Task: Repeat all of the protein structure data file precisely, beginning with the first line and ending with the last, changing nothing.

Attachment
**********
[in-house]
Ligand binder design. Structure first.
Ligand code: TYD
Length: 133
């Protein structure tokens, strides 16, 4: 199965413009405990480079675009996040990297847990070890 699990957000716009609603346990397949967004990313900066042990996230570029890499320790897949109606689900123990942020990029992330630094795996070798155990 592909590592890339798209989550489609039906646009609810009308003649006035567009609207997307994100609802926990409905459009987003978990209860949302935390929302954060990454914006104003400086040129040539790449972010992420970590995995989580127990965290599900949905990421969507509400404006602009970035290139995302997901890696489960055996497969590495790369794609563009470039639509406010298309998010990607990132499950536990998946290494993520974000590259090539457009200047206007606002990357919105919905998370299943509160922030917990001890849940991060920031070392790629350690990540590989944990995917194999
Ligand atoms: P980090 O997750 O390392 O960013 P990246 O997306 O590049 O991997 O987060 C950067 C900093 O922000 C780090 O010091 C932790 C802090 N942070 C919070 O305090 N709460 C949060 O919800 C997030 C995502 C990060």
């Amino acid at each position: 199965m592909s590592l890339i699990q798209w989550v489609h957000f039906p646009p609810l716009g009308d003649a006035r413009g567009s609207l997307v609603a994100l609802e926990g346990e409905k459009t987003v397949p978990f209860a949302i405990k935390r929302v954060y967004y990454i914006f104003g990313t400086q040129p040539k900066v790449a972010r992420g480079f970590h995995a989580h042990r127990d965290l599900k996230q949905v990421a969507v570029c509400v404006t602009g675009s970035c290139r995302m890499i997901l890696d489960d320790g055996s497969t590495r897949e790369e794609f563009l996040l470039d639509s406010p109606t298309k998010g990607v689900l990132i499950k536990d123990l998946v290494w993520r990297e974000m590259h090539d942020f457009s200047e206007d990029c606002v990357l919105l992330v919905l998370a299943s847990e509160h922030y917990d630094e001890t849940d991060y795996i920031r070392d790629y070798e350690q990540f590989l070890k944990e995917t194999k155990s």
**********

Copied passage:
[in-house]
Ligand binder design. Structure first.
Ligand code: TYD
Length: 133
């Protein structure tokens, strides 16, 4: 199965413009405990480079675009996040990297847990070890 699990957000716009609603346990397949967004990313900066042990996230570029890499320790897949109606689900123990942020990029992330630094795996070798155990 592909590592890339798209989550489609039906646009609810009308003649006035567009609207997307994100609802926990409905459009987003978990209860949302935390929302954060990454914006104003400086040129040539790449972010992420970590995995989580127990965290599900949905990421969507509400404006602009970035290139995302997901890696489960055996497969590495790369794609563009470039639509406010298309998010990607990132499950536990998946290494993520974000590259090539457009200047206007606002990357919105919905998370299943509160922030917990001890849940991060920031070392790629350690990540590989944990995917194999
Ligand atoms: P980090 O997750 O390392 O960013 P990246 O997306 O590049 O991997 O987060 C950067 C900093 O922000 C780090 O010091 C932790 C802090 N942070 C919070 O305090 N709460 C949060 O919800 C997030 C995502 C990060």
């Amino acid at each position: 199965m592909s590592l890339i699990q798209w989550v489609h957000f039906p646009p609810l716009g009308d003649a006035r413009g567009s609207l997307v609603a994100l609802e926990g346990e409905k459009t987003v397949p978990f209860a949302i405990k935390r929302v954060y967004y990454i914006f104003g990313t400086q040129p040539k900066v790449a972010r992420g480079f970590h995995a989580h042990r127990d965290l599900k996230q949905v990421a969507v570029c509400v404006t602009g675009s970035c290139r995302m890499i997901l890696d489960d320790g055996s497969t590495r897949e790369e794609f563009l996040l470039d639509s406010p109606t298309k998010g990607v689900l990132i499950k536990d123990l998946v290494w993520r990297e974000m590259h090539d942020f457009s200047e206007d990029c606002v990357l919105l992330v919905l998370a299943s847990e509160h922030y917990d630094e001890t849940d991060y795996i920031r070392d790629y070798e350690q990540f590989l070890k944990e995917t194999k155990s």